There is no feeling to beat falling in love. Wrong. Eating chocolates produces the same feeling in the brain. Plus, now it appears, it protects your heart and brain, from attacks and strokes! Wow. So, go ahead and dig into a juicy bar of rich dark chocolate with zero guilt.
For long, scientists (and most chocolate lovers) have known that it is intensely pleasurable to eat chocolates. Other than the taste, scientists have de-romanticized our affair with the sweet meat by proving that this ultimate comfort food produces the same chemical in the brain as love.
If that was not good enough, they have now shown in a recent study that noshing on up to two bars a day actually provides us protection from heart disease and stroke. For some time now the health benefits of dark chocolates have been evident; the recent study shows that the same holds true for milk chocolates as well. Chocolates are a source of precious nutrients that reduce the risk of strokes and heart problems.
Earlier studies had shown that chocolates lower cholesterol, reduce memory loss and stress, prevent diabetes and shield the skin from the harmful effects of sunrays. To check whether chocolates were indeed beneficial to the heart, researchers at the University of Aberdeen studied the snacking habits of 21,000 people over 12 years.
This is what they found: consuming as much as 100 grams of chocolate daily reduced the risk of people dying from heart disease by 25 per cent. Similarly, the probability of being hit by a stroke too fell by 23 per cent.
According to Professor Phyo Myint, at the Aberdeen University the weight of evidence gathered thus far indicates that a higher intake of chocolate is related to a reduced risk of cardiovascular events. “Flavonoids and other compounds like calcium and fatty acids, which constitute milk, may hold the key to this association.” Also conducted was a review of accessible documentary evidence on the links between chocolate and cardiovascular conditions covering 158,000 people. In every single case the researchers found that people who regularly consumed chocolate had a significantly lower risk of stroke and heart disease.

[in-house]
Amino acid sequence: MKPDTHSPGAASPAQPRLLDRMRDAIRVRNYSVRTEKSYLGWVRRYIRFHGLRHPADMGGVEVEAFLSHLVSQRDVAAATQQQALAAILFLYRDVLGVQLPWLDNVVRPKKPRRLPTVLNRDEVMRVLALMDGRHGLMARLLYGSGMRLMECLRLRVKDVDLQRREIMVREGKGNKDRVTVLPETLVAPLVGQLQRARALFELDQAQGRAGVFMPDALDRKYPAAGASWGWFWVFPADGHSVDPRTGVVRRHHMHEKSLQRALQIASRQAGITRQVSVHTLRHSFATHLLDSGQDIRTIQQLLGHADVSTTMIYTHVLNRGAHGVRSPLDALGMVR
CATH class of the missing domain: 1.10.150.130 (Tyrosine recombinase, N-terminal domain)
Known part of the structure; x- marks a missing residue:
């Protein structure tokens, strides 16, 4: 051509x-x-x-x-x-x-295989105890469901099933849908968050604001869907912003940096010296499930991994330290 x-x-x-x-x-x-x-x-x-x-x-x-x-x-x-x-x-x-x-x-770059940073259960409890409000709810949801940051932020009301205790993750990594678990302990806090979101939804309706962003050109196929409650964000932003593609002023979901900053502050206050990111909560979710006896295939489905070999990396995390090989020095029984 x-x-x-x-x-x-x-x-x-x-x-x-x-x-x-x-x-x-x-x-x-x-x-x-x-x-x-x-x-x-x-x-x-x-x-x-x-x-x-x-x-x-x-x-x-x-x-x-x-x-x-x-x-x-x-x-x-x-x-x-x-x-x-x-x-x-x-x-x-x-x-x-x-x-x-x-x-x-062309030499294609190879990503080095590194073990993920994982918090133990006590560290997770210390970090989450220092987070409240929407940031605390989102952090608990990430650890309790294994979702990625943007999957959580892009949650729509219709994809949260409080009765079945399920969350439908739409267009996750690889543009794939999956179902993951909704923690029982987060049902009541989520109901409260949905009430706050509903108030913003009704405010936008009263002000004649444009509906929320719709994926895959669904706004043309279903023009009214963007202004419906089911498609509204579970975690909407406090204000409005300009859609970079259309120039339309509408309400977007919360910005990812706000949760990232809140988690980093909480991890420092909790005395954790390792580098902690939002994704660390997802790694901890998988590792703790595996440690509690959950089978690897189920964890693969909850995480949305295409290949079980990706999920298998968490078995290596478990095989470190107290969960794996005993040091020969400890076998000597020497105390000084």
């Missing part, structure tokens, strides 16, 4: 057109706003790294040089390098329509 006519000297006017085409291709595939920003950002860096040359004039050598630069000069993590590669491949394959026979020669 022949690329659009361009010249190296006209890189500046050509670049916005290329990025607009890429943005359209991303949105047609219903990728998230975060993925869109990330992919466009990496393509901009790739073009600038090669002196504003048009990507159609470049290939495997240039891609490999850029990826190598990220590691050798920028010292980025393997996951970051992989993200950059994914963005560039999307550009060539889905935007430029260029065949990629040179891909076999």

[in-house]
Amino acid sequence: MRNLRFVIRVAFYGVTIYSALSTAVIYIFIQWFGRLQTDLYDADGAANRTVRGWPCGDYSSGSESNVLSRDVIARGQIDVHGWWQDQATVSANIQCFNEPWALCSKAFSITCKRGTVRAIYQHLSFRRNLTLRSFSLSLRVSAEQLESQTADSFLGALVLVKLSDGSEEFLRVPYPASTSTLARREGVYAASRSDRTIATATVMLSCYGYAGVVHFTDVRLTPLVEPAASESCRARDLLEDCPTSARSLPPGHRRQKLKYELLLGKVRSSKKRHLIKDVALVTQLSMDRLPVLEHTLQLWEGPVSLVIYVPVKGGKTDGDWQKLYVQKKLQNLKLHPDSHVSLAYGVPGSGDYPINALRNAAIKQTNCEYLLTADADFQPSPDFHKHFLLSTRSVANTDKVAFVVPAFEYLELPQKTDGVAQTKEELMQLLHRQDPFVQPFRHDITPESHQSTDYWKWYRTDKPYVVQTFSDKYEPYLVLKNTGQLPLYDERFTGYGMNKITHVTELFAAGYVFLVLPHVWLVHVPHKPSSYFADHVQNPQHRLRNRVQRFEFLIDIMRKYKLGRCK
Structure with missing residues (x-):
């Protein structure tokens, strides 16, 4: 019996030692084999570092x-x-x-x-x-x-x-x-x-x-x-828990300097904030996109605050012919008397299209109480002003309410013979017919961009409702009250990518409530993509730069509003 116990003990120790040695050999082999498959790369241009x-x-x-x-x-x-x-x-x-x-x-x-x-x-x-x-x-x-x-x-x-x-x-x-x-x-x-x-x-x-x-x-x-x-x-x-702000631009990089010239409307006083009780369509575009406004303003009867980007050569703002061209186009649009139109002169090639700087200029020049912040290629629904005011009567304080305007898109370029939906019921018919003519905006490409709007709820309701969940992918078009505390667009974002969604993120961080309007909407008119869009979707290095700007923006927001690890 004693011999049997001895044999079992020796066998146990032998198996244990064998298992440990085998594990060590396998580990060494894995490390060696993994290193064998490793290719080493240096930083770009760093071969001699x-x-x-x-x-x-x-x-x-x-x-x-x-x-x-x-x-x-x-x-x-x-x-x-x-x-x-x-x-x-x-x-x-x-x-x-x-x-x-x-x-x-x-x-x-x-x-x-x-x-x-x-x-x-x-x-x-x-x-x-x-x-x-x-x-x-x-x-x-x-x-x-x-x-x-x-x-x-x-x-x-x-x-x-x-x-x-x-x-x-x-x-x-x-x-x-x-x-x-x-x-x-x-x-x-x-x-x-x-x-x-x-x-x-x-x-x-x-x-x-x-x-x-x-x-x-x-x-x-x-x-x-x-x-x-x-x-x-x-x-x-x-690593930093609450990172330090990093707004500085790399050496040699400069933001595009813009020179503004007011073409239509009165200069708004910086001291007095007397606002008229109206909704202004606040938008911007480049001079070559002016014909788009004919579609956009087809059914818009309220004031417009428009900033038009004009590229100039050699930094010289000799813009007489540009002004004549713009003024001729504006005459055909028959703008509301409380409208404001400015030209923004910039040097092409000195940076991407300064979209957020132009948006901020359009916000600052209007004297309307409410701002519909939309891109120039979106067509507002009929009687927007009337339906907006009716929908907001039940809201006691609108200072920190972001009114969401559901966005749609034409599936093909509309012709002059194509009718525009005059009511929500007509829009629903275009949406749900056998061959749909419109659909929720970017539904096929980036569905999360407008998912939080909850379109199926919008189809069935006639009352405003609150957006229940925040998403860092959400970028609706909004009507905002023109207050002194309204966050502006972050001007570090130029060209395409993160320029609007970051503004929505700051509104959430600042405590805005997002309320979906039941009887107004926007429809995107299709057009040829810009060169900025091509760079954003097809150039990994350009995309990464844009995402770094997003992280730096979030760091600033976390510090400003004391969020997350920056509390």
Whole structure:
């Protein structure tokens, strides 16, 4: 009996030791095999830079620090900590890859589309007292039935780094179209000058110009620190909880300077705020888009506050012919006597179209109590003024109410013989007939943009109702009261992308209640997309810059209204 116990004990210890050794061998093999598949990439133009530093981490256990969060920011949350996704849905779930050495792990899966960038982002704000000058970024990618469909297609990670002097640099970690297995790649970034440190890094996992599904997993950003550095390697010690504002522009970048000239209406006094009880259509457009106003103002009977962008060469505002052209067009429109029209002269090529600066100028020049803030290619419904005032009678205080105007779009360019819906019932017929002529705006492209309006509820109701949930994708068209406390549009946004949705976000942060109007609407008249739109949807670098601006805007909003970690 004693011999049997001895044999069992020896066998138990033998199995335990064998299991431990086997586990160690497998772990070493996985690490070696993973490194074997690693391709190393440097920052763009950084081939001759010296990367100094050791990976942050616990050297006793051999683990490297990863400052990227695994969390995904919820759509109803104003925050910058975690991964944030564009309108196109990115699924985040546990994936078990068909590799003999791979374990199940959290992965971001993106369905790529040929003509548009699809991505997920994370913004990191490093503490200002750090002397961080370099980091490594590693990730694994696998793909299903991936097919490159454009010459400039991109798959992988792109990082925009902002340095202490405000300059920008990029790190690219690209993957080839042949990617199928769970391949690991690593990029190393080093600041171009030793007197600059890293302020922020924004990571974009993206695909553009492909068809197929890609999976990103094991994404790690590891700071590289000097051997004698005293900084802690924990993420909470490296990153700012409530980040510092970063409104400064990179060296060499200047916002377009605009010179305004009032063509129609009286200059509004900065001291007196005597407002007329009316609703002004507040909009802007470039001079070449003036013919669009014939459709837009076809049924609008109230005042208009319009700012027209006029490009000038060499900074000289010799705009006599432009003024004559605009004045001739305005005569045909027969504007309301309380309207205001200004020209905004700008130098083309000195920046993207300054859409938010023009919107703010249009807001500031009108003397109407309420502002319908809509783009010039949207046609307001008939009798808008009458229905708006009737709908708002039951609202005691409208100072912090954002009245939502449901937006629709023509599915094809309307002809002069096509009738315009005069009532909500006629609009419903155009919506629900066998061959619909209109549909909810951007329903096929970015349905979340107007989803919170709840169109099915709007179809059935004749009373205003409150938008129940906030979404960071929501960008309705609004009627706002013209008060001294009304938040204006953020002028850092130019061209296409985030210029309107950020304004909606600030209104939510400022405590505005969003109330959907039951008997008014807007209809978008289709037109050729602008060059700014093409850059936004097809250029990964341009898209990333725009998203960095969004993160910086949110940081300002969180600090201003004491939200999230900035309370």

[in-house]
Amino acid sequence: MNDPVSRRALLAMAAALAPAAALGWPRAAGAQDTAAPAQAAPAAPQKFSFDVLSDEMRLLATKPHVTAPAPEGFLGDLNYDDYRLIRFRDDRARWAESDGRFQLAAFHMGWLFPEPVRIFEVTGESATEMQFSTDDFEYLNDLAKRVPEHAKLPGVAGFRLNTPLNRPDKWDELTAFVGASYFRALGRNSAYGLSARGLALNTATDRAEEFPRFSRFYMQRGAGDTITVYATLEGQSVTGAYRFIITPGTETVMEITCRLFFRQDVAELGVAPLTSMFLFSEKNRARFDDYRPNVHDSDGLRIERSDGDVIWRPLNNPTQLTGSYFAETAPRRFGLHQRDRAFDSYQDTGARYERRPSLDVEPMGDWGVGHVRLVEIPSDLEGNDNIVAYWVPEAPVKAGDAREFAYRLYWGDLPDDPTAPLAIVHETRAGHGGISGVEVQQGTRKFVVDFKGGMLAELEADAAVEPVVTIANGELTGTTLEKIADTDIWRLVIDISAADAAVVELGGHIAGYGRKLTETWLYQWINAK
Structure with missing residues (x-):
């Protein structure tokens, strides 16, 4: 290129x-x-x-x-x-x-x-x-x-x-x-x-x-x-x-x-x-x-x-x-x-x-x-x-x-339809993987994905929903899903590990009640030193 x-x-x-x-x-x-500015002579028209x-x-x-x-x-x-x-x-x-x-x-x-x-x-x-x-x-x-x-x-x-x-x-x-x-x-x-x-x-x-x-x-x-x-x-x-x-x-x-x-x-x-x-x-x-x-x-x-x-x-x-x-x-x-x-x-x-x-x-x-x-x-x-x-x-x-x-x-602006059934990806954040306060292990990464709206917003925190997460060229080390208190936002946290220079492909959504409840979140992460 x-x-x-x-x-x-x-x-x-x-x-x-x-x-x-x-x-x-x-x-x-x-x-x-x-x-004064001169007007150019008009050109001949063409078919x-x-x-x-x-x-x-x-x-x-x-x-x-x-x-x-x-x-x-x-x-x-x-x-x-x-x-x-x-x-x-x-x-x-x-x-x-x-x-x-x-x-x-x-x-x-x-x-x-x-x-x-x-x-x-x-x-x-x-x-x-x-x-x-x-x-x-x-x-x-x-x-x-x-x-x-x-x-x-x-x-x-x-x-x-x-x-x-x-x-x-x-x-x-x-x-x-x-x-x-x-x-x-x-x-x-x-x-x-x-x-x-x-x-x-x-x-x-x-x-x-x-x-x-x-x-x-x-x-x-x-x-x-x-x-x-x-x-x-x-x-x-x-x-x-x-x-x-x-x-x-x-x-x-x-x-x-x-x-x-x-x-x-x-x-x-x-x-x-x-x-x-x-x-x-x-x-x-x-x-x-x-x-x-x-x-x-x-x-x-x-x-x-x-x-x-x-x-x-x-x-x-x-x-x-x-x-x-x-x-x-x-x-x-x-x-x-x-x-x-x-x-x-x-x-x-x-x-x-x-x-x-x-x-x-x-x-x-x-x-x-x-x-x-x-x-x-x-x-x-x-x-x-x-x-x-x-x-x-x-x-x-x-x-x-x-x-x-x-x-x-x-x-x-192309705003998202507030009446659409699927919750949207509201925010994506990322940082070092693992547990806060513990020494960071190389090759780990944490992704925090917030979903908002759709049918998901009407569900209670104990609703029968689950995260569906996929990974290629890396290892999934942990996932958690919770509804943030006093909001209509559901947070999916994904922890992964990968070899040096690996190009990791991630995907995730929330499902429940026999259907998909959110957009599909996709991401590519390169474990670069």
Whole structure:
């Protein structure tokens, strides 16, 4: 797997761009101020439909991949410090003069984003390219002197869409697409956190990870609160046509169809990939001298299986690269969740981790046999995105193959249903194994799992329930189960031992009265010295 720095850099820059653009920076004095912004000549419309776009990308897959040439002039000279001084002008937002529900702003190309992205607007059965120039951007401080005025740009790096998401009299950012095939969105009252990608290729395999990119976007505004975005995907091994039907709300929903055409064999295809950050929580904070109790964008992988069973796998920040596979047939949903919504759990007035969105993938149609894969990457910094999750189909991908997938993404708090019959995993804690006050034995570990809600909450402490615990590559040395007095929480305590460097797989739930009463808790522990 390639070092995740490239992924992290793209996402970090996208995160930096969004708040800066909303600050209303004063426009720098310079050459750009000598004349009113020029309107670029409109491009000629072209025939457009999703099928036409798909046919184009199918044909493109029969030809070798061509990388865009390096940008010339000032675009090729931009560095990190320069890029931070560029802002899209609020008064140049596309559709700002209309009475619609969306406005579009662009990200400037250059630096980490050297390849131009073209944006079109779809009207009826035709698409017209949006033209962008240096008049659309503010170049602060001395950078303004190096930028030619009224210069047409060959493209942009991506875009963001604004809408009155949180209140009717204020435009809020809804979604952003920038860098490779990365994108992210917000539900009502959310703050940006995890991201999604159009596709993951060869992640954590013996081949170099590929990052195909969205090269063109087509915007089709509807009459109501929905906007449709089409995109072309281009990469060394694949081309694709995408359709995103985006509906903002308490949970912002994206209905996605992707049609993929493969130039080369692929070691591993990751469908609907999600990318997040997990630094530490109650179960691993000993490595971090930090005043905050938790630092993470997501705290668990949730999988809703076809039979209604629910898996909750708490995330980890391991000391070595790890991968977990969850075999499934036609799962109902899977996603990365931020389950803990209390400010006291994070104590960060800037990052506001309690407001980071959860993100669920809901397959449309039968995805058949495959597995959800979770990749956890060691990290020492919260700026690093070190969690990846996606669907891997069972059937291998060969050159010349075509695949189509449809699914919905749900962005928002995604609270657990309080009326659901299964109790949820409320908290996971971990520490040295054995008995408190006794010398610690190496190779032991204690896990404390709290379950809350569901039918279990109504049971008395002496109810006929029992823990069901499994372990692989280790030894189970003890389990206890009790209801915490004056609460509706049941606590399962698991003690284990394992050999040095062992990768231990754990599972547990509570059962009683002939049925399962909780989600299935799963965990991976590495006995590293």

Even sweeter is the finding that people who gorged on chocolate were slimmer, exercised more often and had lower blood pressure. However the authors caution that although evidence clearly links chocolate consumption with lower risk of future cardiovascular events, it’s not a prescription for over indulgence for, as Dr Tim Chico, Reader in Cardiovascular Medicine and Consultant Cardiologist at the University of Sheffield, says: “Although these studies indicate that there could be some health benefits from having chocolate, chocolate is also implicated with weight gain, which is unquestionably adverse for cardiovascular health.”
In other words, the latest findings are no prescription for gorging on chocolates (meaning it’s still not as good as fresh fruit, leafy greens and whole grains). But two bars of your favourite chocolate may do no harm at all and in fact help you keep strokes and heart problems at bay.